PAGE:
Oh dear, markets surprised bulls with real selling.
For some major sectors this type of move puts us back in trading ranges once again.
Funny how the other day we had an image of a bear trap and this could very well come true for those who jump the gun with shorting in mind.
The catalyst for the selling had to do with an accumulation of poor earnings reports from Amazon (AMZN), Visa (V), Starbucks (SBUX), Boeing (BA), Texas Instruments (TXN), KLA-Tencor (KLAC), Pandora (P) and others including some major companies that reported earnings earlier in the week.
Were markets overbought? Sure, many indicators suggest that was the case. But Fed policies have forced investors to either stretch for yield or buy growth since the only other choice was under the mattress money.
Durable Goods Orders improved on the month to 0.7% vs 0.5% expected & prior -1.00% while ex-Transportation 0.8% vs 0.7% expected & prior -0.1%. Year of Year Durable Goods Orders declined -1.6% but of greater importance is core capex shipments fell 1.00%. This could theoretically reduce future GDP data.
Despite the sell-off the S&P 500 Index closed flat on the week while the NASDAQ 100 Index posted a slight gain. The same couldn’t be said for the Dow (DIA) and Small Caps (IWM).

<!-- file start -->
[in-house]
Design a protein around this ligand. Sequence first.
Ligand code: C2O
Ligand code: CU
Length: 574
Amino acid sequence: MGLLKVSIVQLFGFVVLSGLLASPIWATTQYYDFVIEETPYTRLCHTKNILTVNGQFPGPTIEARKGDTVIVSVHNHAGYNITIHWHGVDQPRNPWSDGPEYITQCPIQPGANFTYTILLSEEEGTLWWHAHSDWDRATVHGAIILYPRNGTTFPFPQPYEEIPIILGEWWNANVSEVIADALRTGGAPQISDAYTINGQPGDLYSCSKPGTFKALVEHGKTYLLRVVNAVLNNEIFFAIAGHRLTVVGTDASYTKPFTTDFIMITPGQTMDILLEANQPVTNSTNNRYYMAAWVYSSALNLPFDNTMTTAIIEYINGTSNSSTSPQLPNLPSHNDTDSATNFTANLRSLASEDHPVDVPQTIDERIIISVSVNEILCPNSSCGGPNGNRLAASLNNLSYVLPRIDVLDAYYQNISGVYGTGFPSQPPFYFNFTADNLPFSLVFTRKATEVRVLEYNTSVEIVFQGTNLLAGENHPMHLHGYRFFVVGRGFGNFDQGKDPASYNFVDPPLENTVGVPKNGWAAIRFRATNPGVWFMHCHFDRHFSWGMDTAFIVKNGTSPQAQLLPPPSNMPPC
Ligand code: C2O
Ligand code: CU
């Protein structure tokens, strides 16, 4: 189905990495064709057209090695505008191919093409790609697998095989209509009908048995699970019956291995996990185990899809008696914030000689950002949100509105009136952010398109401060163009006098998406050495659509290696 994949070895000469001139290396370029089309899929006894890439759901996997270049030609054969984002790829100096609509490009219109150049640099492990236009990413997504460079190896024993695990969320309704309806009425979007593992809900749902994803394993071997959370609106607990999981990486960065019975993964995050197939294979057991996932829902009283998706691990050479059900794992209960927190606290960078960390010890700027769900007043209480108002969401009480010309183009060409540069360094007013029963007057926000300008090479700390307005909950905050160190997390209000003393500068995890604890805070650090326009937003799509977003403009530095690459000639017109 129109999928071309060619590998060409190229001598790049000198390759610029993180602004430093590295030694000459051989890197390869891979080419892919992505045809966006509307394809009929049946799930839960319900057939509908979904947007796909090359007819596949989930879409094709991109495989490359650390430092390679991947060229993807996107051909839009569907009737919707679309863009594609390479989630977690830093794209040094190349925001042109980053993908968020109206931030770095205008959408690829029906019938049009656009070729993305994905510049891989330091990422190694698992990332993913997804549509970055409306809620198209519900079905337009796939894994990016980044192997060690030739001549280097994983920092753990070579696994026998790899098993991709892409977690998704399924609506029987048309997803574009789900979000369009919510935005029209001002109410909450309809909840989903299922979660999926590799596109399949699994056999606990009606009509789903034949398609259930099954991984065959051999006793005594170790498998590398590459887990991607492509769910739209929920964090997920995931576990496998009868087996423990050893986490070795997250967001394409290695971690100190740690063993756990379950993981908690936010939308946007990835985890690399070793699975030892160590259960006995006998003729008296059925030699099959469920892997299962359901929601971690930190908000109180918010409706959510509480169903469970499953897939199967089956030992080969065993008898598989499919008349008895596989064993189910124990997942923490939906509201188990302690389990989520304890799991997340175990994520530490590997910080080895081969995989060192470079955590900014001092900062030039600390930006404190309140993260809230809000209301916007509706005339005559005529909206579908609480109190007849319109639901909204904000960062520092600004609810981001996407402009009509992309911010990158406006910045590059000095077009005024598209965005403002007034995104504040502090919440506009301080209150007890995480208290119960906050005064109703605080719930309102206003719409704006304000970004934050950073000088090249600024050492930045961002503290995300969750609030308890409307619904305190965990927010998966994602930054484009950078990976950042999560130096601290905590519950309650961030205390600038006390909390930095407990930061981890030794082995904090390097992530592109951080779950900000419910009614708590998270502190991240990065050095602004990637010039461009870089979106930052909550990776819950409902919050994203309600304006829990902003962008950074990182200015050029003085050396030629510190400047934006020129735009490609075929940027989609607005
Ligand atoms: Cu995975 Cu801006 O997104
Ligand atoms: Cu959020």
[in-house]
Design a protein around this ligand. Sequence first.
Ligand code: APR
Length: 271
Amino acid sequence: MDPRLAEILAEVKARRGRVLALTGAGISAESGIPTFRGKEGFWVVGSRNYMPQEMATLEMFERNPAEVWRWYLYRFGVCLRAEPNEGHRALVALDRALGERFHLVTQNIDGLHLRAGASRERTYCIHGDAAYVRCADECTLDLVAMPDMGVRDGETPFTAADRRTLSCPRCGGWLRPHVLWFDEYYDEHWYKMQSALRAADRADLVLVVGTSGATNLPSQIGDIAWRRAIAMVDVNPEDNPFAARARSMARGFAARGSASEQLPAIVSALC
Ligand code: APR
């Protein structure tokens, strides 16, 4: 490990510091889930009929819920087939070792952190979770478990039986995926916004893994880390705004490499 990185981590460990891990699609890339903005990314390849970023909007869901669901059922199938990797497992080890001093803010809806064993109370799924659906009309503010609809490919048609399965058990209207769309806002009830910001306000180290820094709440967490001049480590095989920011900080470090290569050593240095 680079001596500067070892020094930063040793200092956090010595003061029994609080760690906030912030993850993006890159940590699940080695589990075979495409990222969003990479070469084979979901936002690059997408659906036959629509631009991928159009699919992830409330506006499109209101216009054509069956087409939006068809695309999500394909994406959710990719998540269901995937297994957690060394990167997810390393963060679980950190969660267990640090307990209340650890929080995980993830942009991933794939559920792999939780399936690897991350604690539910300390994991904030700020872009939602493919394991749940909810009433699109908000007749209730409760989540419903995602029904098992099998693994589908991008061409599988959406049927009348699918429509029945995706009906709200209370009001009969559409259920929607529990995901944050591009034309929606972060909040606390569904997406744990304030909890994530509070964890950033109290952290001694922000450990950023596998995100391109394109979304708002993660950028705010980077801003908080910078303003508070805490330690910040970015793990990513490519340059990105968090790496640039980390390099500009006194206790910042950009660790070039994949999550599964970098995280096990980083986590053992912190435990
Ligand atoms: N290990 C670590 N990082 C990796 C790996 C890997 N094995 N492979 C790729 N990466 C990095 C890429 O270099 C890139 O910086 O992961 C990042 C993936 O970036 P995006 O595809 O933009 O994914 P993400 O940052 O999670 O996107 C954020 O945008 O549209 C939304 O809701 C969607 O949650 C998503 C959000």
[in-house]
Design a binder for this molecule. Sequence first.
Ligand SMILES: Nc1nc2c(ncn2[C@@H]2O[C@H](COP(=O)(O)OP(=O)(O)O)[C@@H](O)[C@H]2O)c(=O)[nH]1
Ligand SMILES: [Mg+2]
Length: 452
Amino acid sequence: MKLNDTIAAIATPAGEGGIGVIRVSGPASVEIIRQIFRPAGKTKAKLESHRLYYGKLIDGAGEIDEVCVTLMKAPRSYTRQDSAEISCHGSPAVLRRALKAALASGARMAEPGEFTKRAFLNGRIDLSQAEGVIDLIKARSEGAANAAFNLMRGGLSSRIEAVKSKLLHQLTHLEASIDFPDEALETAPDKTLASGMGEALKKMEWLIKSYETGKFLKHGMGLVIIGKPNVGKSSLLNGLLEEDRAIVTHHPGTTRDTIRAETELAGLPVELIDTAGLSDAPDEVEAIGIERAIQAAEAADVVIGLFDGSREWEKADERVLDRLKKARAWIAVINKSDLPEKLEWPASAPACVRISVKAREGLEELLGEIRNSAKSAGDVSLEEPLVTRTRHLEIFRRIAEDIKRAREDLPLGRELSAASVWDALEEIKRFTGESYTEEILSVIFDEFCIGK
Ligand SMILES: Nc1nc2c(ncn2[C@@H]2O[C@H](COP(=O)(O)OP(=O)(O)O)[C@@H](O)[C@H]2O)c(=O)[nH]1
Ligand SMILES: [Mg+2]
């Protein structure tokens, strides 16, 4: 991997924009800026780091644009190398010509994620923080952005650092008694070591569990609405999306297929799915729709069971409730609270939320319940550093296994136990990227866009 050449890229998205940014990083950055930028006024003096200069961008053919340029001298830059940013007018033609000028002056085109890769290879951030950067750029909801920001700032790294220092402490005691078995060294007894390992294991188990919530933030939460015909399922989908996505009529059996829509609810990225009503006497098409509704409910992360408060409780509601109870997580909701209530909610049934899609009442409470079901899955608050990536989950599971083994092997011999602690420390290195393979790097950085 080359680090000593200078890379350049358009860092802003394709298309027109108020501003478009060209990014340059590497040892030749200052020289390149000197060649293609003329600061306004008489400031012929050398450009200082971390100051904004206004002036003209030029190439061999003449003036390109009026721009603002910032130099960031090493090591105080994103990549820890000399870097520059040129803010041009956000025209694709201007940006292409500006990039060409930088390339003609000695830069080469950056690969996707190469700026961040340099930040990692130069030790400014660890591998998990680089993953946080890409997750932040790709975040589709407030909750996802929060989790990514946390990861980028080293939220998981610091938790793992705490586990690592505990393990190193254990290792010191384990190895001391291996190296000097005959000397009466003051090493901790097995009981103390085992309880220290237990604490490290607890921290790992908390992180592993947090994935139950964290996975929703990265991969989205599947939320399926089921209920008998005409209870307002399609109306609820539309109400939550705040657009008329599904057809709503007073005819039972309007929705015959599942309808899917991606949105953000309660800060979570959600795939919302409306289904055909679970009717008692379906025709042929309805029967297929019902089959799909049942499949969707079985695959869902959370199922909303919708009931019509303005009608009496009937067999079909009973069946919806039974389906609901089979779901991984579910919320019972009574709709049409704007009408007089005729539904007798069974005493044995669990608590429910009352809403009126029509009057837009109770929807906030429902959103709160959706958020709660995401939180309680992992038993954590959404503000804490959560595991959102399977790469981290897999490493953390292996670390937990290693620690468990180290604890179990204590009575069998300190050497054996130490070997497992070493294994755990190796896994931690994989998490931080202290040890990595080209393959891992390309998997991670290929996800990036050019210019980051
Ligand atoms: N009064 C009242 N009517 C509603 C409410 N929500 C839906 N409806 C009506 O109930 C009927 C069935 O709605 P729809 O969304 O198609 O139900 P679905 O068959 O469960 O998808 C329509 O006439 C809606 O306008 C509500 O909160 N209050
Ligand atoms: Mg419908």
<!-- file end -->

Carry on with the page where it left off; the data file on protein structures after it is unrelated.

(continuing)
Leading market sectors higher included: Gold Miners (GDX), Silver Miners (SIL), China (PEK), Turkey (TUR), Dollar (UUP), Gold (GLD), Silver (SLV) and Bonds (TLT).
Leading market sectors lower included: Dow (DIA), Small Caps (IWM), Financials (XLF), Energy (XLE), Transports (IYT), Industrials (XLI), REITs (IYR), Homebuilders (ITB), Consumer Discretionary (XLY), Retail (XRT), Semiconductor (SOXX), Utilities (XLU), Russia (RSX), India (EPI), Indonesia (IDX), Germany (EWG), Taiwan (EWT), Greece (GREK) and Natural Gas (UNG) among many others.
The top 20 market movers by percentage change in volume whether rising or falling is available daily.
Volume increased modestly from most trading days this week. Breadths per the WSJ was negative and please note Money Flow sectors below.
That was not a good close to week certainly. And, many believe earnings news have been positive but this week’s reports were quite disappointing.
July ends at the end of next week. Friday will present the Employment Report for June. This should provide more volatility.
Let’s see what happens.
Dave Fry is founder and publisher of ETF Digest and has been covering U.S. and global ETFs since 2001.
He is the author of "Create Your own ETF Hedge Fund: A Do-It-Yourself Strategy for Private Wealth Management" published by Wiley Finance and "The Best ETFs: U.S. Equities, A Companion Guide to Building Your ETF Portfolio".